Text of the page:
When Marcel Neergaard decided to start a petition calling for StudentsFirst—a national political action committee pursuing “transformative” school reforms—to revoke the “reformer of the year” honor it had awarded to Tennessee state Rep. John Ragan (R-Oak Ridge) in April, he grabbed a dictionary and thesaurus. The legislator had introduced the Classroom Protection Act (another “Don’t Say Gay” bill) earlier in the year, and the 11-year-old Oak Ridger felt this wasn’t right. So he wanted to express his thoughts just so.
“We looked at words, and they were huge words, because for something like this, I can’t use fourth-grade words. This is a petition, this is something big. Instead of using the words ‘take back,’ I learned the word ‘rescind.’ I never knew that word!” he says.
The learning curve has been steep in more ways than one. Neergaard thrust himself into the media spotlight about two weeks ago when he put his name on the petition he posted on MoveOn.org and sent it out into the world, not knowing what kind of response he would get.
“The first goal was, let’s get to the first 100. Between the four of us, we can probably wrangle up 100 people to come along,” recalls his mother, Misty Neergaard.
But within an hour, the petition had 1,000 signatures, thanks to MoveOn.org promoting the petition to its followers. By last Wednesday, he’d reached his goal of 50,000 signatures. And the petition worked. In a June 5 blog post, StudentsFirst director Michelle Rhee, the former chancellor of Washington, D.C.’s troubled school system, announced that the group had revoked Ragan’s award.
“[Ragan’s] introduction of ill-conceived and harmful legislation including HB 1332—which would have cultivated a culture of bullying—does not represent the type of leadership we look for in our legislative champions,” Rhee wrote.
“It felt much bigger than I thought it would be,” Marcel says.
And really, it was much bigger than any of the Neergaards expected. Many discussions had taken place—at IHOP over pancakes, Marcel says—over whether to let him put his name on a potentially controversial petition. Misty says she wanted her younger son to realize what some of the consequences of coming out so publicly would be. “It’s hard for us to grasp as adults,” she says.
“And you were also trying to make sure that it was my decision, and that I was not being forced into it,” Marcel says to his mother.
“It was absolutely very important that you wanted it, and that you decided it was important to you. Because it was never our fight to take on,” Misty says.
The whirlwind experience of the last two weeks began much earlier when, at age 10, Marcel realized he was gay. Though he came out immediately to his older brother Maitland and to his parents, Misty and Mike, a few months later, no one at his school knew Neergaard was gay. Despite his still-secret realization, the gay slurs among his classmates started to be slung in Marcel’s direction.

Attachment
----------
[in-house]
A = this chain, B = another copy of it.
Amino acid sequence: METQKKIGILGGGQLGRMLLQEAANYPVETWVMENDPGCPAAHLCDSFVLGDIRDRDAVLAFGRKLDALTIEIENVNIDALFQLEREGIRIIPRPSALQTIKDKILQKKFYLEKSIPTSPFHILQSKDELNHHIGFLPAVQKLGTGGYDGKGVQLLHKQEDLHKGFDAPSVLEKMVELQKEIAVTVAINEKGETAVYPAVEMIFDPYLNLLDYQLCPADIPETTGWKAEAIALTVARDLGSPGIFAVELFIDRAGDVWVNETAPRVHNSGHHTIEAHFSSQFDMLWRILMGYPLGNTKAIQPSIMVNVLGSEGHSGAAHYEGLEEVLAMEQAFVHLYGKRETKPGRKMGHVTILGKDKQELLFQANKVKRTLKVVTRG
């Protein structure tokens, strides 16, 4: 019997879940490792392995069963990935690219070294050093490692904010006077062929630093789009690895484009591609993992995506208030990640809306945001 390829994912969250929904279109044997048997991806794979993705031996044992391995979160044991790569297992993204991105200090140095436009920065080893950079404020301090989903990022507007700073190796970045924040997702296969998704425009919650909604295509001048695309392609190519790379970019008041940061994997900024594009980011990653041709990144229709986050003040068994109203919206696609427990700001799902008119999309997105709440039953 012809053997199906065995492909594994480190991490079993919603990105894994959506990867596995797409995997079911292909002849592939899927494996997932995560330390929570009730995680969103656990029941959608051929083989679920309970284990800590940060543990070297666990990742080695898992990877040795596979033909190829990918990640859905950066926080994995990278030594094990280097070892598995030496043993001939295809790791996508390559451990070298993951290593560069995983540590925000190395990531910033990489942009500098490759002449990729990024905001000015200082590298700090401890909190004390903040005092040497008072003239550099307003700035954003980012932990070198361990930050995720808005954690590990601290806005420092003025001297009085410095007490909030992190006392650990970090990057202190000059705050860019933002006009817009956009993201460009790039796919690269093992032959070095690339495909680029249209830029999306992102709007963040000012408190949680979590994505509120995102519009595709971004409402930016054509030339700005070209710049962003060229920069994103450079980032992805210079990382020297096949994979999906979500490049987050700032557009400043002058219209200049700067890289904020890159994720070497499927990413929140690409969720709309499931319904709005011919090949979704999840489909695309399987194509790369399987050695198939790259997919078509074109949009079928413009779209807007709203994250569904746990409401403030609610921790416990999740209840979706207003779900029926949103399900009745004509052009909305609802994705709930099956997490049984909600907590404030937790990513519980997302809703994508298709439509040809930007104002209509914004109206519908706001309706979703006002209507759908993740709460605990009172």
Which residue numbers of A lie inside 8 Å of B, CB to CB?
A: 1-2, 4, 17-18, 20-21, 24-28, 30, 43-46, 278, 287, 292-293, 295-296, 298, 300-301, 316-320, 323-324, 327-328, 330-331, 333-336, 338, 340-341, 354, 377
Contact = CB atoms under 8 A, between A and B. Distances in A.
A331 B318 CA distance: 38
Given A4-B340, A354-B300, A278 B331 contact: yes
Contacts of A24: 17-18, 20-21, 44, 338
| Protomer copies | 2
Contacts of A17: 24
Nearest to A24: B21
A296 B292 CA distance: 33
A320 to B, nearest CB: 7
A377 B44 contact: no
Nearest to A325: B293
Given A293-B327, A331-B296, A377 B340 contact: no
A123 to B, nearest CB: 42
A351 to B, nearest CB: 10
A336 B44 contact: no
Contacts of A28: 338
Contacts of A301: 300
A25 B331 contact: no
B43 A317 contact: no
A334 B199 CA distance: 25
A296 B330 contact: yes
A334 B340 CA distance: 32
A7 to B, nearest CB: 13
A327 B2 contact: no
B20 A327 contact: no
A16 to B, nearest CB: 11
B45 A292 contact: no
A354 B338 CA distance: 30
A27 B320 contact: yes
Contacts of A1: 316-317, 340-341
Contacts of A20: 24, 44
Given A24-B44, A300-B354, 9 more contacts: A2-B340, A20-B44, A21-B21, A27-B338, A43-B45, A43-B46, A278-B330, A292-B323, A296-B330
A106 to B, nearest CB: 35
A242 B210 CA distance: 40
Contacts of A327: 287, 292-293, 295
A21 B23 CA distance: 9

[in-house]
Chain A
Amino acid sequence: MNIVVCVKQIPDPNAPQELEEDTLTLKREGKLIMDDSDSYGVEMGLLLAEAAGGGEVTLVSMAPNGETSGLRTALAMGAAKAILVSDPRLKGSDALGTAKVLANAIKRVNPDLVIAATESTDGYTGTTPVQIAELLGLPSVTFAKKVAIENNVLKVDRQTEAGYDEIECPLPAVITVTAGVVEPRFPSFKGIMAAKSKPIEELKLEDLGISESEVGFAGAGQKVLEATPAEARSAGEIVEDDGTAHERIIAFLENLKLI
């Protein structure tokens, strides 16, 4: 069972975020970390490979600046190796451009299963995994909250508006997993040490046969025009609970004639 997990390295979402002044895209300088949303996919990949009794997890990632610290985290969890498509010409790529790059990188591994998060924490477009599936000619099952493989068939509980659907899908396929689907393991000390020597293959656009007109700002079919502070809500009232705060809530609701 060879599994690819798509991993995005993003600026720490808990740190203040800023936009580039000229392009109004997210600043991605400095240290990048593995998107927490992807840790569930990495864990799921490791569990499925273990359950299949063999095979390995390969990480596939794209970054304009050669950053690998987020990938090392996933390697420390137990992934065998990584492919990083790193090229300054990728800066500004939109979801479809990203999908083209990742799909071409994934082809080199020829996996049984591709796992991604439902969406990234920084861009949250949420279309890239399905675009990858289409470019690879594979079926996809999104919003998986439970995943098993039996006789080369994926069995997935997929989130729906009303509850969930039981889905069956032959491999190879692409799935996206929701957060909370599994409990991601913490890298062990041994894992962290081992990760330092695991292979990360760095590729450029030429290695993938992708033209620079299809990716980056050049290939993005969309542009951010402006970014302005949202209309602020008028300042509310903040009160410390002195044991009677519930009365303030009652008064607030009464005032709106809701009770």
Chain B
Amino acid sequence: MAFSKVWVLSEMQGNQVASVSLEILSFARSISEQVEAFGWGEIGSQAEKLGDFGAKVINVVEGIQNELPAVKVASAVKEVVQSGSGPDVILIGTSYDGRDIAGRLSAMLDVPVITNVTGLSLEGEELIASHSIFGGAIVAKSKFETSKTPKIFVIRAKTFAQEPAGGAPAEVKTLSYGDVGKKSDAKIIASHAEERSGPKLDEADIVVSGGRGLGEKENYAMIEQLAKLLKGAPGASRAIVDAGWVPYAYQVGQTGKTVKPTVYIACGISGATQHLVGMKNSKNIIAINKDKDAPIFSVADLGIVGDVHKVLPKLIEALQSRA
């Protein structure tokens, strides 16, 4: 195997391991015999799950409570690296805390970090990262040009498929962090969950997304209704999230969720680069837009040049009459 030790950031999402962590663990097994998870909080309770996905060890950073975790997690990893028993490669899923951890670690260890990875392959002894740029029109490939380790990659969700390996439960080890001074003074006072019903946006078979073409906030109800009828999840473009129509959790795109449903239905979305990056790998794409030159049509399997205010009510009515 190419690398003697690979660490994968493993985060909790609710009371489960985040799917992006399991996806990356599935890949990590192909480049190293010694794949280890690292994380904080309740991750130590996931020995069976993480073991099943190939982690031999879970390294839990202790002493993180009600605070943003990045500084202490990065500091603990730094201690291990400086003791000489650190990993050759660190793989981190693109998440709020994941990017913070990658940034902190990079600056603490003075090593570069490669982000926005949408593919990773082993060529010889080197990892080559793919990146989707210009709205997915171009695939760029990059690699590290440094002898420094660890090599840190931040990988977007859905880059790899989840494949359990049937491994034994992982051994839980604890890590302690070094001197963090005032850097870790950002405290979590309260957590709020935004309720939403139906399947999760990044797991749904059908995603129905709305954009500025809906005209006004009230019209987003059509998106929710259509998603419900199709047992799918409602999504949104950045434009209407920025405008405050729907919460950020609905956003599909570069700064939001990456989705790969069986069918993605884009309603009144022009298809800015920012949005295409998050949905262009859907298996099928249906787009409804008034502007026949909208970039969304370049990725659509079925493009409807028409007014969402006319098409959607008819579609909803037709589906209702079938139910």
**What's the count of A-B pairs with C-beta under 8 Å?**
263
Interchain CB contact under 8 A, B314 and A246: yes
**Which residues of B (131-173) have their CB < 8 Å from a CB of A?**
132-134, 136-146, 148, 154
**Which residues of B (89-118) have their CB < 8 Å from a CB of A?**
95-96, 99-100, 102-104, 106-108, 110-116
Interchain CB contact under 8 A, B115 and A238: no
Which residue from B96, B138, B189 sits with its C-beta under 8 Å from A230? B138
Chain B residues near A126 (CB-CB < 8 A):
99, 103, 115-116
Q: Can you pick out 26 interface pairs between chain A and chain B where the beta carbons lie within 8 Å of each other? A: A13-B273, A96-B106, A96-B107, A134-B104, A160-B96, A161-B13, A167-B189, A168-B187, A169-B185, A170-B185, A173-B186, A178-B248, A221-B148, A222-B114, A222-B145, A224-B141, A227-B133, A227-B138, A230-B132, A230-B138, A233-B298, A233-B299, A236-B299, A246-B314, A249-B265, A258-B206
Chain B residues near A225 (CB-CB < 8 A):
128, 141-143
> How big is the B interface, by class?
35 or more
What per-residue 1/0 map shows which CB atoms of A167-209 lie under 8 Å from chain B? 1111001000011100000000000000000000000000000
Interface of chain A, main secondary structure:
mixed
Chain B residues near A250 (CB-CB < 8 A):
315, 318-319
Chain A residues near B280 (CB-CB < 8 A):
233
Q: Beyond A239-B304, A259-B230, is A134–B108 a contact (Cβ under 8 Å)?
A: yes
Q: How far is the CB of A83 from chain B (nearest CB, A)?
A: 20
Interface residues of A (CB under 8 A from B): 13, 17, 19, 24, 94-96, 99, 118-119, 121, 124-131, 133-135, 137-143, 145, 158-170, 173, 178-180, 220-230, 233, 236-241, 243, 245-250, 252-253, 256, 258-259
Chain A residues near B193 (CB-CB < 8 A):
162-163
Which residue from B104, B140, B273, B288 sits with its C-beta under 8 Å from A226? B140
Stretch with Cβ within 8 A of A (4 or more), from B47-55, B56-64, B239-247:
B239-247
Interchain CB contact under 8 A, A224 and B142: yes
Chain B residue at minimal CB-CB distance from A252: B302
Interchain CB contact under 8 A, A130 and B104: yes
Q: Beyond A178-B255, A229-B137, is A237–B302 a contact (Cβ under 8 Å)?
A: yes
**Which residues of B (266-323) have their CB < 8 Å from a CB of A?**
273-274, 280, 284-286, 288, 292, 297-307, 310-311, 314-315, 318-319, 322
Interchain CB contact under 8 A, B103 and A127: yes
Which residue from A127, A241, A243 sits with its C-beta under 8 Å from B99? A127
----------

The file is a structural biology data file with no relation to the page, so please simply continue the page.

Marcel explains that his classmates thought their words were all in good fun.
“The bullies don’t think they’re bullies at all. They think they’re the person’s friends. It’s hard to figure out what’s kidding around and what’s bullying,” he says.
But when the teasing among friends went from calling him gay “as a curse word” to Marcel being hit with his own backpack toward the end of his fifth-grade year, his parents decided he should take a break from public school. Neergaard was home-schooled for his sixth-grade school year.
That decision was reinforced with the re-introduction of state Sen. Stacey Campfield’s “Don’t Say Gay” bill. Ragan, who represents the Neergaards’ district in the state Legislature, had previously supported the infamous “Don’t Say Gay” bill, and this year brought the Classroom Protection Act to the state House. (Campfield was the state Senate sponsor of the bill.) The Classroom Protection Act was an update to Campfield’s first Don’t Say Gay bill, which would have accidentally liberalized the state’s sex-education laws by allowing teachers to address the reproductive aspects of sex, but not homosexuality in any context, before ninth grade, which is the earliest grade in which sex is addressed according to state law. In the updated 2013 version, that loophole was closed, and another provision was added: If children tell teachers they think they might be gay, the teachers are obligated to report that to the students’ parents.